Tuning Up: Experience the arts this weekend
"Tuning Up" is a morning post series where The Hub delivers curated, quick-hit arts stories of interest to readers. Sometimes there will be one story, sometimes there will be several. Get in tune now, and have a masterpiece of a day. And now, in no particular order...
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Jennifer Wen Ma’s team installs a version of Cry Joy Park at Beijing’s Tang Contemporary in October 2018. (Courtesy Halsey Institute)[/caption]
Hey, look; we made it.
Friday is here.
You've been looking forward to it since 8:30 or 9 a.m. Monday, and it's finally here. The Hub will be mowing and pitching in on some house cleaning for sure, but a good weekend has more to it than the mundane. We are here to help.
The 8th Annual Blackville Music & Art Festival is bringing a weekend full of entertainment and activities to downtown Blackville
this weekend, May 17-19. Organizers promise a carnival, parade, car & bike show, several live performances, art displays, vendors, and live artist demonstrations by South Carolina artists Edmon Glover Richburg, Ment Nelson, and Terrance Washington.
Not an exhibition per se, but how about something that keeps on giving
? Halsey Institute of Contemporary Art is offering BOGO memberships
(for all membership levels!) until May 31. It's part of their May giving campaign. Use this deal to enjoy Cry Joy Park—Gardens of Dark and Light from Jennifer Wen Ma
(opens Saturday). Ma helped design the stunning opening ceremony for the Beijing Olympics.
Your last chance to see Jackson Pollock: Mural
is Sunday, when the exhibit at Columbia Museum of Art closes. The museum devoted two galleries not just to the mural that launched his fame but to the techniques and creation that made it what it is.
Join ArtFields in Lake City for a dual gallery opening on May 18th from 6-8 p.m. at TRAX Visual Art Center and Jones-Carter Gallery. On opening night, enjoy hors d'oeuvres and drinks while you view artwork from Beverly Buchanan, Jenny Fine, and Jerry Siegel. Additionally, Fine and Siegel will be present to talk about their work and the inspiration behind their pieces.
Rural creatives, S.C. Arts Commission to launch program
FOR IMMEDIATE RELEASE
31 May 2018
Secondary Media Contact:
Susan DuPlessis, Program Director
email@example.com | 803.734.8693 (direct)
COLUMBIA, S.C. – The South Carolina Arts Commission and a newly formed team of creative professionals are launching CREATE: Rural S.C. with a networking and informational meeting, 5:30-7:30 p.m. Tuesday, June 12, at the American Legion Hut in Hampton, S.C.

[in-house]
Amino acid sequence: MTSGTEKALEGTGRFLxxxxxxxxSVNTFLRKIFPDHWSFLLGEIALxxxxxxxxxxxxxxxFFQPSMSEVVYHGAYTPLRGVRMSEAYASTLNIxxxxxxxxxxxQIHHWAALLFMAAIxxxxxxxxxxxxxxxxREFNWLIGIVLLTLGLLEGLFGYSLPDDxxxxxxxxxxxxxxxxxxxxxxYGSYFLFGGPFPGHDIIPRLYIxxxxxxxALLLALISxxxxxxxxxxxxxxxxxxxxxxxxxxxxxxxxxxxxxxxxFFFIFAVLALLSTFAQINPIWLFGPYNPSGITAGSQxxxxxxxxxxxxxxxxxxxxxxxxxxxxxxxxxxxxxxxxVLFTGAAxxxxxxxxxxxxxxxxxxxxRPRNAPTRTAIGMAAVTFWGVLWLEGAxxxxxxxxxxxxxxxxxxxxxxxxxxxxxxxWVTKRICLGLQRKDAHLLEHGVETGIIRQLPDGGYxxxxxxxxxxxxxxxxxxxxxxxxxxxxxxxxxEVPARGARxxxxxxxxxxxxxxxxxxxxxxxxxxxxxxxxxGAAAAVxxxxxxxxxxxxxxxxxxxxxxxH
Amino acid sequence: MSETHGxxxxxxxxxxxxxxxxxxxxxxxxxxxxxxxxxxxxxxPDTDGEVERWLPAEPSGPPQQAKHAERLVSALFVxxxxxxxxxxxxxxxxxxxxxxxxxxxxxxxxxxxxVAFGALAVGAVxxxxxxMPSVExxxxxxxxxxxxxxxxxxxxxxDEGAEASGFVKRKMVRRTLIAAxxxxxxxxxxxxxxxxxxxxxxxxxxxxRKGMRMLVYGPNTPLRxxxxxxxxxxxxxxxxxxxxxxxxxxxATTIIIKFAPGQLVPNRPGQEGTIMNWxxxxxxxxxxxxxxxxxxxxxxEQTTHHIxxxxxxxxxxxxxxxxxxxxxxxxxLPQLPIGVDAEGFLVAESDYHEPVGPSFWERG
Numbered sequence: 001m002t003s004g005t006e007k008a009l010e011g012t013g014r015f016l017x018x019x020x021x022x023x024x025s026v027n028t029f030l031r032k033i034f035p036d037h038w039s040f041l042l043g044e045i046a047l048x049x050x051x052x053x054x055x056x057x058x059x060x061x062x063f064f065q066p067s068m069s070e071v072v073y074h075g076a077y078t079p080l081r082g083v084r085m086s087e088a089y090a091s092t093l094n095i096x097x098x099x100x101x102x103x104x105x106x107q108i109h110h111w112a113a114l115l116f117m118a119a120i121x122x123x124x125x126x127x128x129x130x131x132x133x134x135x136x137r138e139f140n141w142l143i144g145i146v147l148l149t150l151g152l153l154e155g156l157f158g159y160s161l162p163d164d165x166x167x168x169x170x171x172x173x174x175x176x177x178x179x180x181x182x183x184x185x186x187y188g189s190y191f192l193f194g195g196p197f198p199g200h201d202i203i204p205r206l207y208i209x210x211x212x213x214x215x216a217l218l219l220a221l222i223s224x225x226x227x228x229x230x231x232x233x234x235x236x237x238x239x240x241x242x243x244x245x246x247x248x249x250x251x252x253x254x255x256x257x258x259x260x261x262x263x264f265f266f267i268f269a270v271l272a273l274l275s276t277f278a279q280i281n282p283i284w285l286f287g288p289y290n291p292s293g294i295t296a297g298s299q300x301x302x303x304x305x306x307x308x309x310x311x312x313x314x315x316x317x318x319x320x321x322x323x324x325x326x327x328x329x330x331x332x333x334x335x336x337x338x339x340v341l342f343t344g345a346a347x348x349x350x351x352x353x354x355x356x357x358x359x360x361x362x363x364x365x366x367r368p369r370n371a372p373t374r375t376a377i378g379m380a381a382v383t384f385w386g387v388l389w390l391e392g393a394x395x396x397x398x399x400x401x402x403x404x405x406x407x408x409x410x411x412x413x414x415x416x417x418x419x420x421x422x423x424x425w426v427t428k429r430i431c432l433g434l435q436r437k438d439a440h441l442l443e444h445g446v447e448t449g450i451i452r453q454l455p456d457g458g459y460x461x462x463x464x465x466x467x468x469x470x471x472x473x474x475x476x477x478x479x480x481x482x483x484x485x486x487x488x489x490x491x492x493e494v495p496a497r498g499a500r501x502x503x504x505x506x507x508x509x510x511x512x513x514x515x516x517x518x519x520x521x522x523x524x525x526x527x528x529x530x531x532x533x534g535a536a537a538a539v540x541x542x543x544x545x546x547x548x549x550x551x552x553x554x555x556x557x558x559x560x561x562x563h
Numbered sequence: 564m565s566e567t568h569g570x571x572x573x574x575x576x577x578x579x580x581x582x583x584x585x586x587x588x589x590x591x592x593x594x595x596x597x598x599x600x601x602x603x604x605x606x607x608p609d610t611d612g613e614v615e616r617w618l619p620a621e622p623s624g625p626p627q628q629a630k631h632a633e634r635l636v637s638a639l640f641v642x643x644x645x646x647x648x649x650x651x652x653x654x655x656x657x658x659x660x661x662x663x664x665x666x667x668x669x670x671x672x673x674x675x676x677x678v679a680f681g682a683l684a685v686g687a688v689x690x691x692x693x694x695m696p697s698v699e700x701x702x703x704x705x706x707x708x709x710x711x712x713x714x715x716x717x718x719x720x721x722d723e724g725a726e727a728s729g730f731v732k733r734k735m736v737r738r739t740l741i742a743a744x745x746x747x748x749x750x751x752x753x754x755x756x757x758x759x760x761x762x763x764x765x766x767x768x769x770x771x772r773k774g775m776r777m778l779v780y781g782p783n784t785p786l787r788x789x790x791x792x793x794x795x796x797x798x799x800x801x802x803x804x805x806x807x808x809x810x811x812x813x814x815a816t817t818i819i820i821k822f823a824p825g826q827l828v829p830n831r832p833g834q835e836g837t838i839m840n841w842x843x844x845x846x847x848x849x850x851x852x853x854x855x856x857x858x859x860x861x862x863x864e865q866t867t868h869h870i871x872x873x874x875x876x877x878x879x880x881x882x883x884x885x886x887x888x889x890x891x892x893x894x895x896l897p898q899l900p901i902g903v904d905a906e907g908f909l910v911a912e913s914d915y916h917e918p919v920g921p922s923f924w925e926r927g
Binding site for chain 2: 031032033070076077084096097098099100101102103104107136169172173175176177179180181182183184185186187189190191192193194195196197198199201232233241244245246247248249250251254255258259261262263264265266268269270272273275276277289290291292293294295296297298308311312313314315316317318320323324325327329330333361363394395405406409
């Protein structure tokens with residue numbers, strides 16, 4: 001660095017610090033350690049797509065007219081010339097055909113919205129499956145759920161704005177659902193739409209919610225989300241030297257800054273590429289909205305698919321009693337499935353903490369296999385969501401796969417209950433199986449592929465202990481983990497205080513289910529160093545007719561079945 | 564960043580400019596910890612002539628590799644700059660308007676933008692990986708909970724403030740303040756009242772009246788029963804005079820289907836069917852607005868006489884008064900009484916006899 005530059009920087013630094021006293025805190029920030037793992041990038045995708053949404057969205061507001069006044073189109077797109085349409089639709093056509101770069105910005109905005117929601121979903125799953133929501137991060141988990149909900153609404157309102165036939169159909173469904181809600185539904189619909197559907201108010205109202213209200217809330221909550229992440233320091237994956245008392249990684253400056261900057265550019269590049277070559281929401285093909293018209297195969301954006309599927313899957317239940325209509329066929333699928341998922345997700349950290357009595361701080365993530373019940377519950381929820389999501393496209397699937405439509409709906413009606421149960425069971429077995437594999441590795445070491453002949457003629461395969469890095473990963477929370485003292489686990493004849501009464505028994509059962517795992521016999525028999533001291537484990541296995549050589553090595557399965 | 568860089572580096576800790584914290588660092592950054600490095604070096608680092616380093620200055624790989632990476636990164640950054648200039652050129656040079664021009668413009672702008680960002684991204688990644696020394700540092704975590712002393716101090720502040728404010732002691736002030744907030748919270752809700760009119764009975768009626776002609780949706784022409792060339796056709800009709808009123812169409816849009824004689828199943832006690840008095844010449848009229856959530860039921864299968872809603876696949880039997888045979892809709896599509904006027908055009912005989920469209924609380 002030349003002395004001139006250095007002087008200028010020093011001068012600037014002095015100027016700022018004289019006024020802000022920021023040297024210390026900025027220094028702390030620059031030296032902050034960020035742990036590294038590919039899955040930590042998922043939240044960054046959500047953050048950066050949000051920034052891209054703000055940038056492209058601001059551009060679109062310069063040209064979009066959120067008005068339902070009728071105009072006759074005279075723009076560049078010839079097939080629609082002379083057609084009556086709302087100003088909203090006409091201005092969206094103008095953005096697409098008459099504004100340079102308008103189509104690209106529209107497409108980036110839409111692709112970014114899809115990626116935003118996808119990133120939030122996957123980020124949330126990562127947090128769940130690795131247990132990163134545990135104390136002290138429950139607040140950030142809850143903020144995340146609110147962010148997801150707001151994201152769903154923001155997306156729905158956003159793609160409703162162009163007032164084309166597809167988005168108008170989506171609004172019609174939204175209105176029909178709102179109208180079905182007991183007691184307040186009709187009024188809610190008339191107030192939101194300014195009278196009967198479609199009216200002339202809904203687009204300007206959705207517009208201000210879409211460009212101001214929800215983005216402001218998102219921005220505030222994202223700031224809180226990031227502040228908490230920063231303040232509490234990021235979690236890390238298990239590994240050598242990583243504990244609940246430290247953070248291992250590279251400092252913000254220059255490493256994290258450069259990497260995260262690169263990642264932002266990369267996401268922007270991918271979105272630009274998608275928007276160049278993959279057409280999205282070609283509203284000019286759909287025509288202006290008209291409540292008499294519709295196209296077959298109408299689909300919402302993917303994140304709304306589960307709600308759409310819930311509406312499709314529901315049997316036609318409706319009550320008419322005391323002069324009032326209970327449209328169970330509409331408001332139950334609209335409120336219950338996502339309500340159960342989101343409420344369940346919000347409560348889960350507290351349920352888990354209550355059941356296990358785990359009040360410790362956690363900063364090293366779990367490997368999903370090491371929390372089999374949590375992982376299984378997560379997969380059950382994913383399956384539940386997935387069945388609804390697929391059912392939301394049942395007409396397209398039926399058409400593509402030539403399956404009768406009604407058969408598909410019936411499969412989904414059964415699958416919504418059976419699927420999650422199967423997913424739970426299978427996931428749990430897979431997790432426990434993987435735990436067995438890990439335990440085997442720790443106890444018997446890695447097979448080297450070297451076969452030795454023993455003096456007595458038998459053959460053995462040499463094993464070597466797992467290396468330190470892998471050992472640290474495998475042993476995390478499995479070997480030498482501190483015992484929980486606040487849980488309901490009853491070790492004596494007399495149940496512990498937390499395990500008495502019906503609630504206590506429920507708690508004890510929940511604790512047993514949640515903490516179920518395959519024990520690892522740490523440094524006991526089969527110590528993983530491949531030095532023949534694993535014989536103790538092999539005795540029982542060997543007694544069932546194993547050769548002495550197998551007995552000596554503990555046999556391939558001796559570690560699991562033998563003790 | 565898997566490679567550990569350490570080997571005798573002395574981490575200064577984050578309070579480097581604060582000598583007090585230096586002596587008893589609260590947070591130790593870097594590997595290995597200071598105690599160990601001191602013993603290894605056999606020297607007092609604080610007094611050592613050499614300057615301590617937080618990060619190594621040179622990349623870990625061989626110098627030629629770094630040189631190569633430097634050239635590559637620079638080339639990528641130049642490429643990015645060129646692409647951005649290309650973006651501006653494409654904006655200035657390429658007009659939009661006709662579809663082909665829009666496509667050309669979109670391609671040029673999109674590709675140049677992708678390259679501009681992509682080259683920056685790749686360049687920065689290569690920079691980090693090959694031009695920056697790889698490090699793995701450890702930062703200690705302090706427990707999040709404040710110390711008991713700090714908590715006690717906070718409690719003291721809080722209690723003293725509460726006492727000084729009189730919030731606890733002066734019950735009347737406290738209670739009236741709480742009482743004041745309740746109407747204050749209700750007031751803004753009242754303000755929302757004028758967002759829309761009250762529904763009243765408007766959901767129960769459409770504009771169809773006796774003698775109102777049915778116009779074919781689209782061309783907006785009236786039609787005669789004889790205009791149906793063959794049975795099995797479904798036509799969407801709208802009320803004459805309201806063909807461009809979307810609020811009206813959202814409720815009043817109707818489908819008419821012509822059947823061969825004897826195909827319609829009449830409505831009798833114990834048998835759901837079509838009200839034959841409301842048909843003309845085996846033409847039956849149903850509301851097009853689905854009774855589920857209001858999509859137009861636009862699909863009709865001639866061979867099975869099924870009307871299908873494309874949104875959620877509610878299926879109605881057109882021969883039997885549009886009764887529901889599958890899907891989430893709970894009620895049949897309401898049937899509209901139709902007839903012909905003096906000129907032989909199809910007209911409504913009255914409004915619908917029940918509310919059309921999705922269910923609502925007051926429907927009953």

“This new program is part of our greater work in community arts development with a special lens on rural communities,” said South Carolina Arts Commission Executive Director Ken May. “It’s an extension of what we began two years ago with our initiative called The Art of Community: Rural SC with six ‘mavens’ in six Lowcountry counties. As we build the narratives of place, we want to know who the creatives are: the innovators, artists, makers, and entrepreneurs. Who are the tradition bearers?”
To fuel local connection and discovery, the arts commission has enlisted the help of 12 "creative connectors" who will be asking for creative contacts across Allendale, Bamberg, Barnwell, Colleton, Hampton, and Jasper counties. Amber Westbrook will manage the program from the Arts Commission office, and visual artist Ment Nelson of Hampton County has agreed to serve as the local coordinator and liaison for the following ‘creative connectors:’
- Marcus Johnson (Allendale)
- Shakora Bamberg (Bamberg)
- Naviree Johnson (Bamberg)
- James Wilson (Bamberg)
- Terrance Washington (Barnwell)
- Bobby Harley (regional)
- Ian Dillinger (Colleton)
- Tamara Herring (Jasper)
- Joanna Brailey (Jasper)
- Amanda Whiteaker (regional)
- Ashley Jordan (regional)
For the next three months, these individuals will be reaching out to people they know, businesses, organizations and local associations to discover who fits under the creative umbrella. They will share their findings with the S.C. Arts Commission as it builds a creative network in this rural region. Those identified will be invited to networking meetings in local communities.
“We want an expansive list of folks and businesses that includes those who are well known and less well known but who are actively creative within their communities,” May said.